Sneezing, itchy eyes, runny nose…If someone in your home is diagnosed with a cat allergy – don’t feel like you immediately need to say goodbye to your beloved feline friend (or your allergic family member!). Follow these simple tips to help keep cat allergies at bay.
Contrary to popular belief, cat hair isn’t usually the problem. Dander, the proteins in cat saliva, urine, and skin cells, is more likely the culprit. These particles of dander can get lodged in the fibers of your carpet and furniture. Fortunately, there are a number of ways to combat these pesky proteins:
Vacuuming is one of the best ways to clear the air in your home – but in addition to sucking up dander particles, some vacuums spew out as much as they collect, sending those allergens right back into the air you’re breathing – and sometimes doing more harm than good!
Check out top-rated vacuums for people with pets, and consider a vacuum with a HEPA filter. Carpets can hold a ton of cat allergens, so in addition to regular vacuuming, have your carpet steam cleaned often.
The reason some people develop allergies is due to how our bodies react to certain things. The immune system overreacts to something and triggers a reaction. Anti-allergen sprays work by masking the signal from allergy-causing dander to our nervous system.
Use an anti-allergen spray on carpeting, upholstered furniture, and your mattress to render allergens harmless.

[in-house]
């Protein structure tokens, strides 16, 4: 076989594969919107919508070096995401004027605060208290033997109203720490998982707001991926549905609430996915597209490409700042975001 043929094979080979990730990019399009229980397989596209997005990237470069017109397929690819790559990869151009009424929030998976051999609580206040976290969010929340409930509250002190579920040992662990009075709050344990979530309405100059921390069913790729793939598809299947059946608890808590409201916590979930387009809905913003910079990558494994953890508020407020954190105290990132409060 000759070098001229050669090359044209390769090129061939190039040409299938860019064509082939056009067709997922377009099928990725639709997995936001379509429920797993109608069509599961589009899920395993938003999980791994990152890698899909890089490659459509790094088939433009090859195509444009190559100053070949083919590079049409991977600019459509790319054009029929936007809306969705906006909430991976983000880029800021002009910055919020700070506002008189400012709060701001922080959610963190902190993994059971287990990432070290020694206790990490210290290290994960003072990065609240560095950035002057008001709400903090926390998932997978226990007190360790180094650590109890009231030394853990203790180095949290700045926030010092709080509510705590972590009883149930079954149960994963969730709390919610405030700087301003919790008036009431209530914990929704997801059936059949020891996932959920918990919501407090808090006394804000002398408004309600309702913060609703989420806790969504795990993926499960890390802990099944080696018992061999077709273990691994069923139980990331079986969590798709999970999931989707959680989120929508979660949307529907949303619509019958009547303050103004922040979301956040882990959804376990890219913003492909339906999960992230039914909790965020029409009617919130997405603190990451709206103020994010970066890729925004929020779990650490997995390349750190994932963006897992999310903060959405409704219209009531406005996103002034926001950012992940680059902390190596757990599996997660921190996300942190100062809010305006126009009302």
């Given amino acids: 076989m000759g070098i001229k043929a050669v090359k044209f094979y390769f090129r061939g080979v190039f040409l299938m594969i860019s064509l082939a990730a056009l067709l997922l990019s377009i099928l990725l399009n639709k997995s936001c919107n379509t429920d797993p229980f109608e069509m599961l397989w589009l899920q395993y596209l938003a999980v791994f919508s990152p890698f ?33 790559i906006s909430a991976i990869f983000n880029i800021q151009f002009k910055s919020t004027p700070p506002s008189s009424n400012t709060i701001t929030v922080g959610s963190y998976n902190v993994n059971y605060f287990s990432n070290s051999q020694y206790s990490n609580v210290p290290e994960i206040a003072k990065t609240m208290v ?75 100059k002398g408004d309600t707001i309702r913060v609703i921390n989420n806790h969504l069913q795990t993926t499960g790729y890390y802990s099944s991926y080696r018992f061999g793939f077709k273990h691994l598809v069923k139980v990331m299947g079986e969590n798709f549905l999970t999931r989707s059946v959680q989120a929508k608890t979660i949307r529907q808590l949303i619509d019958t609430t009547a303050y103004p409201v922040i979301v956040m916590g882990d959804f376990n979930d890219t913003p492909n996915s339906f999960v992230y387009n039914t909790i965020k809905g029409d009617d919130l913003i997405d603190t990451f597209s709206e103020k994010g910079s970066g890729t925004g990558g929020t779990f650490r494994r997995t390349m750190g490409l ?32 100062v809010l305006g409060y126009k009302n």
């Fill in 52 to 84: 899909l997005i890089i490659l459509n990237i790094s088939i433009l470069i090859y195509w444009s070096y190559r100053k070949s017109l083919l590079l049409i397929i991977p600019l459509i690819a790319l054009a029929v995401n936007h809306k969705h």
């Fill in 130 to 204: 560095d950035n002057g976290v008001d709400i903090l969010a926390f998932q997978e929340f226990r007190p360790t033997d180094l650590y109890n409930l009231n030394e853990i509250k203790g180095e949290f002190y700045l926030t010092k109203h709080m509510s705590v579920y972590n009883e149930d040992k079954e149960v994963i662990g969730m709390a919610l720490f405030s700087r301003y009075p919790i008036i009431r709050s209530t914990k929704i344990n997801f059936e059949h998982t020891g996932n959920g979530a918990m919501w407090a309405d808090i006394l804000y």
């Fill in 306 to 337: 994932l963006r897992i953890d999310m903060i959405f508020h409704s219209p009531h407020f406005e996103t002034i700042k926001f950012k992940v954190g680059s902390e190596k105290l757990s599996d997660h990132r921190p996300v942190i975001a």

An air purifier that includes a HEPA filter can remove a large number of allergens – like cat dander – from the air in your home. This is particularly important if you’ve got a well-insulated room where these allergens build up.
Stand-alone air filters are generally more effective than a whole-house system. Avoid using an air purifier with ozone, as that can sometimes make allergy symptoms worse.
Reduce the amount of dander on your cat’s fur by bathing him regularly. But, be sure you only use a pet shampoo that is approved for use in cats! Many dog-specific shampoos contain ingredients that are toxic to cats, so read the label carefully. Or, if your cat won’t tolerate a bath, try using cat cleaning wipes to help reduce the dander on your kitty.
Cat dander is found in urine, so it should come as no surprise that the litter box should be off-limits to an allergy sufferer. To help prevent allergic reactions, look for litter that has little to no dust and have someone who isn’t allergic to cats scoop and clean the box.
Cat allergies are nothing to sneeze at! Rescues and shelters are full of kitties who were turned in because their owners were allergic. By taking some extra precautions around your home, you can help make living with a cat (and a person with a cat allergy) more enjoyable!
Do you suffer from cat allergies? What have you found that helps? Tell us!
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